Explore the City with Malte 4: The 100: One House, One Family
The 100: One House, One Family
This year (2019) in June, a new kind of modern share house opened its door in Kashiwa. I immediately went over there to check it out. I took a good look at the premises, checked out the common area, as well as the rooms. I interviewed the owner Hiraoka-san (CEO of Kizunato), had a chat with one of the residents, and think I got a pretty good overall feeling for the lifestyle pursued by the residents. If you look for a unique location, to fully enjoy your stay in Japan, please continue reading. The 100 people share house “#hash196” focuses on cooking and dining together and encourages everyone to try and cook foods from different cultures. Foreigners and Japanese living together under one roof, sharing cultures, creating an environment for international communication, and paving the way into a new and open future.
#hash196, what does it mean?
“We decided on a hashtag for our logo because we wanted to connect peoples passions. My passion might become some else’s passion, someone else’s passion might become my passion. We want people living in this house to find new passions and to connect through them.” Hiraoka-san
Japan recognizes 196 official countries in the world, 196 different cultures, different food, different people with different personalities. Hash196 is a living space that cherishes connections between people from different backgrounds. One goal is to create as many dishes from all over the world as possible. Even though just one month passed (July 2019) since its opening, the residents of hash196 have already recreated foods from around 30 different countries.
Every other day the residents cook together. The participants share the costs for the groceries, and even if one can’t directly join, maybe because of work, people will gladly put some food aside. I don’t think you’ll ever have to eat a single meal alone anymore if you don’t want to.
An international feeling
One-third of the rooms in the house are specially reserved for foreigners. Out of the 100 possible residents, around 66 spots are open for Japanese, the other 34 are for foreigners only (currently (July 2019) the house has around 40 Japanese and 7 foreign residents). A space to experience different cultures and different languages, a house with an international atmosphere, where everyone can feel welcome.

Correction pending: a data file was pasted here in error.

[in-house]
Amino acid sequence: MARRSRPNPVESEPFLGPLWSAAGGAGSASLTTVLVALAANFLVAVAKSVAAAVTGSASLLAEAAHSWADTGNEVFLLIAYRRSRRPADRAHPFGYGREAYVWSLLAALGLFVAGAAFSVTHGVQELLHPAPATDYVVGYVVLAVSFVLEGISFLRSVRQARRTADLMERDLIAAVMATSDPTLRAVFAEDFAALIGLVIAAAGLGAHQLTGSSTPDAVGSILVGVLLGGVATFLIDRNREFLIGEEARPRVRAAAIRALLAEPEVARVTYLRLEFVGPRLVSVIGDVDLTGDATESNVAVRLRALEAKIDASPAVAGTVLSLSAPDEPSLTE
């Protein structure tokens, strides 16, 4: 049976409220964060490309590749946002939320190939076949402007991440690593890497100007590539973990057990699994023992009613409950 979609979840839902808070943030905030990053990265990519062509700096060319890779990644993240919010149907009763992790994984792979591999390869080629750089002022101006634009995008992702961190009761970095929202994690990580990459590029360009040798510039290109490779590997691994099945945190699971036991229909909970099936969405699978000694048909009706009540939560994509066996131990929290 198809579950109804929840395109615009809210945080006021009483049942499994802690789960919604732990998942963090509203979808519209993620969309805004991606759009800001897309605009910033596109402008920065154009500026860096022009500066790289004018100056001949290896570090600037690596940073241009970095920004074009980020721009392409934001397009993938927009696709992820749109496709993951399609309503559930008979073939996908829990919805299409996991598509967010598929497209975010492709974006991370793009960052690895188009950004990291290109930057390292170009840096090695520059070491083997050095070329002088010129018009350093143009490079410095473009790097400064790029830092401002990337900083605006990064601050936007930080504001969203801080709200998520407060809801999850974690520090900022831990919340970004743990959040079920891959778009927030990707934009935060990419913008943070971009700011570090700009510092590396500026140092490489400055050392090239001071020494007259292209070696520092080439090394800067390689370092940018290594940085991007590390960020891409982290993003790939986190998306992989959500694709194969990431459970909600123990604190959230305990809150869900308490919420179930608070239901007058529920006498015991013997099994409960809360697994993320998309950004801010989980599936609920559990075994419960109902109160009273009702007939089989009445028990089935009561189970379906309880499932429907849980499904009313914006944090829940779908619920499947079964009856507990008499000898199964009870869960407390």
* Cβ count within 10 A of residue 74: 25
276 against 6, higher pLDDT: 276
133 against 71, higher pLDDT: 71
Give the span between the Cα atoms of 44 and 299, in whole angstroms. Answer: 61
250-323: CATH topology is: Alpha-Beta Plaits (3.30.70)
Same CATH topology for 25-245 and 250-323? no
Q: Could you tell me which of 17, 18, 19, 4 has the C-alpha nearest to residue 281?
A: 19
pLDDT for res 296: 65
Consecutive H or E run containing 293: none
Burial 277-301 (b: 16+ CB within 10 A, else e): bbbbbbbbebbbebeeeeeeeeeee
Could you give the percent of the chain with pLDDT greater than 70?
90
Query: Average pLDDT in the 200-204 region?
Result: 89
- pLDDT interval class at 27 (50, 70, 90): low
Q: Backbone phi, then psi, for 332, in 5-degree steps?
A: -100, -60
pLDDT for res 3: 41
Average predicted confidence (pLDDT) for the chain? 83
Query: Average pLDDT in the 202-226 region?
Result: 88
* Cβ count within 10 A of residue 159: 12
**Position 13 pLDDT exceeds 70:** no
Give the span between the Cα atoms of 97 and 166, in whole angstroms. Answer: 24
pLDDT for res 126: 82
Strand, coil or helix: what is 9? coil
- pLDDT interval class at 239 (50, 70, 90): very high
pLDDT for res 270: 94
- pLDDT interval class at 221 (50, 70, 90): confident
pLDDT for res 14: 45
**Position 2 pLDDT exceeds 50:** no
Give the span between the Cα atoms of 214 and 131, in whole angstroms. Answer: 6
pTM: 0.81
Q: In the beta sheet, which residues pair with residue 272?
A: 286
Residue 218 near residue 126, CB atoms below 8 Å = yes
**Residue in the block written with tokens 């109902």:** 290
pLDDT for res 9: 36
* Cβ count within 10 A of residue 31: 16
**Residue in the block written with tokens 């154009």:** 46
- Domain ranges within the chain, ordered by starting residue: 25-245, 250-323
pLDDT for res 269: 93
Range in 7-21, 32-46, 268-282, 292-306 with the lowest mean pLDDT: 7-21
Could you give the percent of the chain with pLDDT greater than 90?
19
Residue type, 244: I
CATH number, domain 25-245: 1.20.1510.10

Not possible in a normal place
At first, I was shown around the entire house. Entering the broad kitchen and dining area, the salty smell of melting cheese entered my nose. A couple of residents gathered in the kitchen cooking some kind of pasta gratin. The dining room alone has enough space for at least 30 people. The kitchen is huge, like a kitchen you would normally find in a restaurant. I was instantaneously jealous. Colors and designs of the many kitchen appliances reflect the overall modern style of the house. The big refrigerator in the corner is for left-overs from parties and cooking events. I was very happy with this zero-waste approach in the style of Japanese “mottainai” culture.
The living area on the other side of the hallway is perfect for residents to gather up, watch a movie together, or just relax on the couch with a good book. The optimal spot for getting drawn into a good conversation, and forgetting about the rest of the world. The next room is the theater room, completely equipped with a projector and a big screen. The acoustic of the room is brilliant, and the guitar in the opposite corner was calling me over. Sadly, I had to withstand the charm of the guitar. I am on duty, not just paying around!
To fully express oneself, #hash196 offers an intimate atelier space for drawing or DIY handcraft works. The painting on the wall shown in the picture below was done by one of the residents. I want an atelier myself, after seeing this.
Using one of the many workstations in the libraryesque office room, you can fully concentrate on your work and studies.
Most of the people might think that only young people or bachelors live in a share house, but in the case of #hash196, this is simply wrong!
“Being able to live in a share house as a married couple, being able to raise a child in a space that feels like home, to expose children to a broad spectrum of values. We try to provide people with the option to do all these things while living together in a big family.” Hiraoka-san